Incorporating expert opinion and fine-scale vegetation mapping into statistical models of faunal distribution.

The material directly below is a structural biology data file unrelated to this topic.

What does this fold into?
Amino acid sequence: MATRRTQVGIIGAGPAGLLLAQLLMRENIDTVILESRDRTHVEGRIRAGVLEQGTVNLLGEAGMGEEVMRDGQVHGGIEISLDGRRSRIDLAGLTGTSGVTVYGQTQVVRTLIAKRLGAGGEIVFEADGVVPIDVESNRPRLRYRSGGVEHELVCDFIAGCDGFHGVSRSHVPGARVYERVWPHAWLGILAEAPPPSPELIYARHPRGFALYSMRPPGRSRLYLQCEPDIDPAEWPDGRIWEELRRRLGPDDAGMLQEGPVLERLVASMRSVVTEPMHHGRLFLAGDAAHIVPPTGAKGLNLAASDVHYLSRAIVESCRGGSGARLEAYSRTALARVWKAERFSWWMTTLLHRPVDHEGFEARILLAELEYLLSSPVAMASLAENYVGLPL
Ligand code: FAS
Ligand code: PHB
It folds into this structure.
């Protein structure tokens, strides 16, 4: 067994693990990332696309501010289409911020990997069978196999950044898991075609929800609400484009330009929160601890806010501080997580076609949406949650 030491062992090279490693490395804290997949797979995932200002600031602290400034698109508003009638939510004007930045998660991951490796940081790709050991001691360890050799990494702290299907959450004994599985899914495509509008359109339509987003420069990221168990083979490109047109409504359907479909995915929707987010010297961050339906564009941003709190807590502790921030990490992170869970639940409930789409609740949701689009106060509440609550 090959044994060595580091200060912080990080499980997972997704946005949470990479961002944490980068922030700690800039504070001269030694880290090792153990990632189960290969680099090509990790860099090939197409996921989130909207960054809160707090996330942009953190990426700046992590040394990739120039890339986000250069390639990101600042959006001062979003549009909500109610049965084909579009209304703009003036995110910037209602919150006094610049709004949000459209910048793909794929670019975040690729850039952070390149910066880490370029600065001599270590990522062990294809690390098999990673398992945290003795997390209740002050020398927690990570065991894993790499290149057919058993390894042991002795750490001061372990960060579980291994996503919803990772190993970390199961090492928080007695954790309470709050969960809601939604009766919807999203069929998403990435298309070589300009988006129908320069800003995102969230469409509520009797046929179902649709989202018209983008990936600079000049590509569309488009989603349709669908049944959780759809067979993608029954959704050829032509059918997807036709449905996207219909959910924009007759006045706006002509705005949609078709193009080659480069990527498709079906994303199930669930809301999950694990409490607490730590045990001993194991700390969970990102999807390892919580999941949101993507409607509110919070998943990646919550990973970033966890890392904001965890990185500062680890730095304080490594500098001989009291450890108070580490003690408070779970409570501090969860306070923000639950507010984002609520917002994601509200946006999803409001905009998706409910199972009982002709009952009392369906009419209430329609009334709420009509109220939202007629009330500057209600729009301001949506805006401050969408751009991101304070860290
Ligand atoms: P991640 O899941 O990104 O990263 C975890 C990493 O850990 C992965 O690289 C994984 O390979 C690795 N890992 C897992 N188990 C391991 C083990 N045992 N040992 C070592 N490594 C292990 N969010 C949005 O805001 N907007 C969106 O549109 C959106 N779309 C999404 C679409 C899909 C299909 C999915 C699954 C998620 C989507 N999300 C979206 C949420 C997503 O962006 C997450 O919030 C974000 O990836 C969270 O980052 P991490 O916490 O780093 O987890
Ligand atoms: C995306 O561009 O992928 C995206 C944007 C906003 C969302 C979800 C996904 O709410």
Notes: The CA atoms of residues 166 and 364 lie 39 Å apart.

Abiotic environmental predictors and broad-scale vegetation have been used widely to model the regional distributions of faunal species within forested regions of Australia. These models have been developed using stepwise statistical procedures but incorporate only limited expert involvement of the type sometimes advocated in distribution modelling. The objectives of this study were twofold. First, to evaluate techniques for incorporating fine-scaled vegetation and growth-stage mapping into models of species distribution. Secondly, to compare methods that incorporate expert opinion directly into statistical models derived using stepwise statistical procedures. Using faunal data from north-east New South Wales, Australia, logistic regression models using fine-scale vegetation and expert opinion were compared with models employing only abiotic and broad vegetation variables. Vegetation and growth-stage information was incorporated into models of species distribution in two ways, both of which used expert opinion to derive new explanatory variables. The first approach amalgamated fine-scaled vegetation classes into broader classes of ecological relevance to fauna. In the second approach, ordinal habitat indices were derived from vegetation and growth-stage mapping using rules specified by an expert panel. These indices described habitat features thought to be relevant to the faunal groups studied (e.g., tree hollow availability, fleshy fruit production). Landscape composition was calculated using these new variables within a 500-m and 2-km radius of each site. Each habitat index generated a spatially neutral variable and two spatial context variables. Expert opinion was incorporated during the pre-modelling, model-fitting and post-modelling stages. At the pre-modelling stage experts developed new explanatory variables based on mapped fine-scale vegetation and growth-stage information. At the model-fitting stage an expert panel selected a subset of potential explanatory variables from the available set. At the post-modelling stage expert opinion modified or refined maps of predicted species distribution generated by statistical models. For comparative purposes expert opinion was also used to develop maps of species distribution by defining rules within a geographical information system, without the aid of statistical modelling. Predictive accuracy was not improved significantly by incorporating habitat indices derived by applying expert opinion to fine-scaled vegetation and growth-stage mapping. Use of expert input at the pre-modelling stage to derive and select potential explanatory variables therefore does not provide more information than that provided by remotely mapped vegetation. The incorporation of expert opinion at the model-fitting or post-modelling stages resulted in small but insignificant gains in predictive accuracy. The predictive accuracy of purely expert models was less than that achieved by approaches based on statistical modelling. The study, one of few available evaluations of expert opinion in models of species distribution, suggests that expert modification of fitted statistical models should be confined to species for which models are grossly in error, or for which insufficient data exist to construct solely statistical models.